25 percent of Detroit teachers, students feel it's safe to return to school, district leaders say

Infection rate will be key in determining if Detroit public school students return to in-person learning.

Gov. Gretchen Whitmer wants all students for in-person learning by March 1 - leaving educators scrambling to come up with plans.

"I thought it was a pretty lofty goal at this point considering where the numbers in and around the state are," said Terrence Martin. 

Martin, the president of the Detroit Federation of Teachers, says as soon as the governor announced she wanted to resume in-person learning throughout the state by March 1st, calls from teachers started coming in.

Would they be forced to get the vaccine and teach face to face - if they are not comfortable? The simple answer is no.

"Teachers want to go back but we want to go back when it is safe and the virus is under control," Martin said.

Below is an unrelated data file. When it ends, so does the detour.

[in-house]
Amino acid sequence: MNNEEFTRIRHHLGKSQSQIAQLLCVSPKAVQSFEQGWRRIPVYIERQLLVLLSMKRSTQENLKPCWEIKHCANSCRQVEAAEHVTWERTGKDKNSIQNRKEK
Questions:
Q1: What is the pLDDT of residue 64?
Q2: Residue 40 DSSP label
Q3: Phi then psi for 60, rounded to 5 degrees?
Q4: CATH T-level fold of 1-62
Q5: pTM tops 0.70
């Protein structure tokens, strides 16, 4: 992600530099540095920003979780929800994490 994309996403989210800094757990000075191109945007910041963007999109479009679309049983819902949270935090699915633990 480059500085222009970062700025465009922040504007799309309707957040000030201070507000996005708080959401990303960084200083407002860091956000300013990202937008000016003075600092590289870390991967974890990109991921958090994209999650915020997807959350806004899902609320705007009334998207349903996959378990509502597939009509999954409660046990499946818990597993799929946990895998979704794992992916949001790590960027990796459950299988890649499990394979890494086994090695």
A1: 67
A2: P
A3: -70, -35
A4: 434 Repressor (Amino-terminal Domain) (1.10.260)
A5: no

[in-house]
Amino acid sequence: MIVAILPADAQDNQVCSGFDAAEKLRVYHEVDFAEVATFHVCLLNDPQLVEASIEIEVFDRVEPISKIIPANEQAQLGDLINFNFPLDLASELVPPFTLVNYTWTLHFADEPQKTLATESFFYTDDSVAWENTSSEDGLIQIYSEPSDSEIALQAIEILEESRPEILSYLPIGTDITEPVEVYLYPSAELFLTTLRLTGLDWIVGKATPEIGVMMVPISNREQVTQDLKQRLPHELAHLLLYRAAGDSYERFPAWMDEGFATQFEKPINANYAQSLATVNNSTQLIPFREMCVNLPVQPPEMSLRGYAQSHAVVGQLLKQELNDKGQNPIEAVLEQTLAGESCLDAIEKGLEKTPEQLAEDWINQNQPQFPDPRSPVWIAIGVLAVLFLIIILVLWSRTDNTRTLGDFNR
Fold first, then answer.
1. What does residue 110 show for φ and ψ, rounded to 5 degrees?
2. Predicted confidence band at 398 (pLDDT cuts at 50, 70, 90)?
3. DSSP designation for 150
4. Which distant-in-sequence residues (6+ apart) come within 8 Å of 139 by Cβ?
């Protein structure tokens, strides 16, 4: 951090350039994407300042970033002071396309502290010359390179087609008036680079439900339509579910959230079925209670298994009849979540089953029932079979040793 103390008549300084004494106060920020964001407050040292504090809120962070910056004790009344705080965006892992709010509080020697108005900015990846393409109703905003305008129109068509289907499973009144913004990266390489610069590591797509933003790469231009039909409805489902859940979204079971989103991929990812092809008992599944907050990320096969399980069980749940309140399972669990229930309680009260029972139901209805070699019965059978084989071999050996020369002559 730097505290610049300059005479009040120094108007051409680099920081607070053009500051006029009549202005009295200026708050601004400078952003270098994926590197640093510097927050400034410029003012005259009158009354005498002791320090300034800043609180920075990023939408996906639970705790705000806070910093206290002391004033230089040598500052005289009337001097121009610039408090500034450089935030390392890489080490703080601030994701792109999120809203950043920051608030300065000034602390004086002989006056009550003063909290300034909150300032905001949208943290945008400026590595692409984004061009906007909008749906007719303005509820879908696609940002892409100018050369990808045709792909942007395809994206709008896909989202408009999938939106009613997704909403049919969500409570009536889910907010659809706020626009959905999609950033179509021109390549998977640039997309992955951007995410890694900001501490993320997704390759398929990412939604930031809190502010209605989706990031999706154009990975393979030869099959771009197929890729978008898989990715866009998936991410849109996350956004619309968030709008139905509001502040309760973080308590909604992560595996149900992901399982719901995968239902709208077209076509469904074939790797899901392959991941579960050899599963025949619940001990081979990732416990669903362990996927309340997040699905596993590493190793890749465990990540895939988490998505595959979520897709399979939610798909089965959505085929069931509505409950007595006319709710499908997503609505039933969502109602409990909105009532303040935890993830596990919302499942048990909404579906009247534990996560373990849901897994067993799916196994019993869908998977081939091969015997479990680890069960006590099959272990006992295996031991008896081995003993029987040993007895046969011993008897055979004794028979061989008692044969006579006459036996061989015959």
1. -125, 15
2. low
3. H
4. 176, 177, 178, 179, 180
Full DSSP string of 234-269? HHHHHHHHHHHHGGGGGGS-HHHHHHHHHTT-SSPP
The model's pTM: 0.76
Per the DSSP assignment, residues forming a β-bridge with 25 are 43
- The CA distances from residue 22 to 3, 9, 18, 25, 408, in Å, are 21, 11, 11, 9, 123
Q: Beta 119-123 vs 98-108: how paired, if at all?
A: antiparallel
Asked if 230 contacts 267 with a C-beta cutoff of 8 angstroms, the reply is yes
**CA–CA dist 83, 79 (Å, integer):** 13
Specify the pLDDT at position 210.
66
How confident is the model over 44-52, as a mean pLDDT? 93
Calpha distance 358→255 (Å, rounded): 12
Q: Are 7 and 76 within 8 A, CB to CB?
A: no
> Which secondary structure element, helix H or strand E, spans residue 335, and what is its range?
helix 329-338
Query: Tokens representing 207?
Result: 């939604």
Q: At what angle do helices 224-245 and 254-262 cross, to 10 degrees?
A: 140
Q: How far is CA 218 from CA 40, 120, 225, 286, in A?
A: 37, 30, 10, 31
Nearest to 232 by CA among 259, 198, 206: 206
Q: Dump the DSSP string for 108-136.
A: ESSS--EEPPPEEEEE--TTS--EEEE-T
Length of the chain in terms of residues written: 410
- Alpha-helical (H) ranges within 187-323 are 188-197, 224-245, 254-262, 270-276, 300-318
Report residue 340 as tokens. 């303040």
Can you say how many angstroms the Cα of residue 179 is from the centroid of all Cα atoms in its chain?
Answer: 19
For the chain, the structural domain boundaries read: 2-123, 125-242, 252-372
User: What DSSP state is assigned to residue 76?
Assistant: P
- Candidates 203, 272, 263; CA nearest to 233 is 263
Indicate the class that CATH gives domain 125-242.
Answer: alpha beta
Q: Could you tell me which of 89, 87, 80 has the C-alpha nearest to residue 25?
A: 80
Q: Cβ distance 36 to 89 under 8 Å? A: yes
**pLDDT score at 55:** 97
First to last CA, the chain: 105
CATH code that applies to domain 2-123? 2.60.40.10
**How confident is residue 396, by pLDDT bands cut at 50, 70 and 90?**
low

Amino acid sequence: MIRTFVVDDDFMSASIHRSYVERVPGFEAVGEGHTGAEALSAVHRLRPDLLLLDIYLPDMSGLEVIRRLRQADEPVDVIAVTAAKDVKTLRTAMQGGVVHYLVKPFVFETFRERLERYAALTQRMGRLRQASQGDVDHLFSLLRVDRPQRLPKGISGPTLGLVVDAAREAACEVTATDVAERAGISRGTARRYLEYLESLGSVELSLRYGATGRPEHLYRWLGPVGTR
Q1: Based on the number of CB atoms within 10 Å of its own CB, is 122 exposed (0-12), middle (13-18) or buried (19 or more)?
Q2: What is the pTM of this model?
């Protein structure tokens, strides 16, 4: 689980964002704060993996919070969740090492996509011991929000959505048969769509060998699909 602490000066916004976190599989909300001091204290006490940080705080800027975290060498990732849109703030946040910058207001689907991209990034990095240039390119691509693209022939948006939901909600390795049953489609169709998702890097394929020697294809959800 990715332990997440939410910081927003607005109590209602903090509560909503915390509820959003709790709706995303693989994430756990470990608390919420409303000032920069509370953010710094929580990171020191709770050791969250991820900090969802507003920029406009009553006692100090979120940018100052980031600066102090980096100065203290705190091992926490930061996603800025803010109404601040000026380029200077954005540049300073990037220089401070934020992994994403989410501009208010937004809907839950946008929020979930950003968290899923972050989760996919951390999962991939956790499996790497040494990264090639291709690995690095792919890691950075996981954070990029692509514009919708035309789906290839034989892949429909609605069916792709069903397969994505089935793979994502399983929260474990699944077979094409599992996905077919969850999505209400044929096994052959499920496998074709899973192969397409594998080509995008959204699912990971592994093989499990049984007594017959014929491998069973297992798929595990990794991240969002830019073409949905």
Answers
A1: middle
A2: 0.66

After push-back, last fall, the teachers' union, and the Detroit Public School Community District agreed to base the return to in-person learning on the infection rate. Superintendent Dr. Nikolai Vitti says it must be below 5 percent. Right now in Detroit, it's at 7 percent.

"If the numbers go down, we certainly will," Vitti said. "We're looking at the numbers now, I anticipate that we'll open up learning centers which allow children to come to their school, learn online, eat breakfast, eat lunch. My sense is that will happen in January, early February and then offer in-person learning in mid-February if the numbers decline."

Detroit Public Schools Community District Supt. Dr. Nikolai Vitti.

For now, Governor Whitmer is leaving the decision to the school districts, offering recommendations to contain the spread and making sure educators are top priority when it comes to getting the vaccine.

But both Vitti and Martin say right now only around 25 percent of Detroit teachers and families feel it's safe to return students to school.

"I think it is going to be very hard especially for the Detroit community to go from 'Stay at home, don't see your relatives over the holidays, to save lives,' to now sending your children to school," Vitti said.

"Also understanding that people are dying every day and the level of grief, the level of trauma we are all facing, is going to be exacerbated over the next few months," Martin said.